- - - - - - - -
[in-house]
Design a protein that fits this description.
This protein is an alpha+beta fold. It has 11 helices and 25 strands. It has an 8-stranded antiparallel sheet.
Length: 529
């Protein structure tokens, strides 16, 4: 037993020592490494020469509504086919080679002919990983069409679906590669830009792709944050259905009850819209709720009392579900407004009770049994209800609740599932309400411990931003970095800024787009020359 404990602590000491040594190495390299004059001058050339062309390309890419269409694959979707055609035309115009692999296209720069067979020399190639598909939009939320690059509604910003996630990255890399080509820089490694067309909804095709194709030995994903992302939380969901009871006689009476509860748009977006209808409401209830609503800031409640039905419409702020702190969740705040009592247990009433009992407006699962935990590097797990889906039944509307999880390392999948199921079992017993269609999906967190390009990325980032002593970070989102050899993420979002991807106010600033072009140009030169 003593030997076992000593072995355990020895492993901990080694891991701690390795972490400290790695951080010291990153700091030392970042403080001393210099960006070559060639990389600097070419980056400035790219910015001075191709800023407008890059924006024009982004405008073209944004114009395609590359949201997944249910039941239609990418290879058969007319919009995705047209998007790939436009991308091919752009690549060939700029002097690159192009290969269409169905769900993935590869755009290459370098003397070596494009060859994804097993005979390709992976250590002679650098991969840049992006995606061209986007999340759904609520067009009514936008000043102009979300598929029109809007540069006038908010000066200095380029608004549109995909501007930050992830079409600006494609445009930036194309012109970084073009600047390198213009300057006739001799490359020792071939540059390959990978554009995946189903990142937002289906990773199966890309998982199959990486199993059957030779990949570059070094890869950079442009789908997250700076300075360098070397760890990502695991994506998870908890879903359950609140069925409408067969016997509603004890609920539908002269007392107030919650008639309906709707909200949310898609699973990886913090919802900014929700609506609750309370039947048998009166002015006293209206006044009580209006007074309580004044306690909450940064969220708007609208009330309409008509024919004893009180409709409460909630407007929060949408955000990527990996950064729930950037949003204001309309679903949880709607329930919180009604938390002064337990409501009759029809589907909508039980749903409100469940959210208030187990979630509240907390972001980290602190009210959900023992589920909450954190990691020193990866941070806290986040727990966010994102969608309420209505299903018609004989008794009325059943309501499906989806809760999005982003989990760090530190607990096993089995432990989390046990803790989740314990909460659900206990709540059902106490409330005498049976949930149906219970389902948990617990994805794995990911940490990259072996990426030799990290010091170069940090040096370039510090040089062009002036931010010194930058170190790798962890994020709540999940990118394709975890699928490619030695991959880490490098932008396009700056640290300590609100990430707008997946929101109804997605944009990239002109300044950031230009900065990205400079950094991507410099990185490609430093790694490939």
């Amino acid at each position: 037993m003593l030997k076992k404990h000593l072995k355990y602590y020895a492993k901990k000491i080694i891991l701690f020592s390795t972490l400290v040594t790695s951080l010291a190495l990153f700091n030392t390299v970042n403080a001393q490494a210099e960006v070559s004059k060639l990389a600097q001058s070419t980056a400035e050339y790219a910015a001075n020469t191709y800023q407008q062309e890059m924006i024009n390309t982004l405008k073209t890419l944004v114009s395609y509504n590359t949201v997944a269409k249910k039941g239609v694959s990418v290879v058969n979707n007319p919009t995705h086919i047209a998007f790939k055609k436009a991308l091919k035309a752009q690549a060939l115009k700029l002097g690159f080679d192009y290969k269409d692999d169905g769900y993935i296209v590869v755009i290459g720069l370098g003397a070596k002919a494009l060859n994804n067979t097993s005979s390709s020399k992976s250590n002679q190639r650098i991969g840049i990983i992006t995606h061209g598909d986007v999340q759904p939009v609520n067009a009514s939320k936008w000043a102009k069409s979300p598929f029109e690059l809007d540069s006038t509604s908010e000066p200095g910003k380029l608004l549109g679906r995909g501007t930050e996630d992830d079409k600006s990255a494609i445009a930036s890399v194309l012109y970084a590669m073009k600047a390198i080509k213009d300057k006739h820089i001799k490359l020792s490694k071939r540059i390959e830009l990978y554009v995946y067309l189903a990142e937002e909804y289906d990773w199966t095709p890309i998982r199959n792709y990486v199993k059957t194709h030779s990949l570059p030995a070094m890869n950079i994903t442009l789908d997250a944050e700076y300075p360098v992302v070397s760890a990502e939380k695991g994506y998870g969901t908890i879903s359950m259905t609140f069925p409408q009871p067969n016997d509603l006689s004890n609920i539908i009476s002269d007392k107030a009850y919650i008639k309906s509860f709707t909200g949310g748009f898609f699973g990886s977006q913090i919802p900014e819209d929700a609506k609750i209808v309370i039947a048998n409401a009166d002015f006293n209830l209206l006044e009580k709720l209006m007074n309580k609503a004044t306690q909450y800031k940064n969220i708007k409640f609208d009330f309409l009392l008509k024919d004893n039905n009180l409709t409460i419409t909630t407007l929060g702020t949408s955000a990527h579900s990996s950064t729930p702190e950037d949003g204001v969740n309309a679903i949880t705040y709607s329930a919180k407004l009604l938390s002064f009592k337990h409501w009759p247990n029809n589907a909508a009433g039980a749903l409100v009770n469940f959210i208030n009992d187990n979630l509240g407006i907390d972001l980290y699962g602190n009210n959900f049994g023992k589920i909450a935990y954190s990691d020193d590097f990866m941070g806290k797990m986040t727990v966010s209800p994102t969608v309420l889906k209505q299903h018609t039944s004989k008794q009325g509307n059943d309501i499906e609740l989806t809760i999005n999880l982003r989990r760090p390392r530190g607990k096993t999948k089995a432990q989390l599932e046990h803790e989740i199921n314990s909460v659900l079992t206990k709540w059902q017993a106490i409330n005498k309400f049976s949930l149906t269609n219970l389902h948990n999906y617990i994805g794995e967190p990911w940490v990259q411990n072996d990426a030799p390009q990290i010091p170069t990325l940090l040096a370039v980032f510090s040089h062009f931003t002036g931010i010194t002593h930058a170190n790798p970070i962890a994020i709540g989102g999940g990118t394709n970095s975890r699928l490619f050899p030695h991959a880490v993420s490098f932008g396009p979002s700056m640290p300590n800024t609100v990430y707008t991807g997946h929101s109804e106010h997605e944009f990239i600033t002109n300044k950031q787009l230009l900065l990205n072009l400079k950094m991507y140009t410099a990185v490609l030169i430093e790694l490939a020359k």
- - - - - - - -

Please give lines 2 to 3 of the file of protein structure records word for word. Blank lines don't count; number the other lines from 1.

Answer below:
Design a protein that fits this description.
This protein is an alpha+beta fold. It has 11 helices and 25 strands. It has an 8-stranded antiparallel sheet.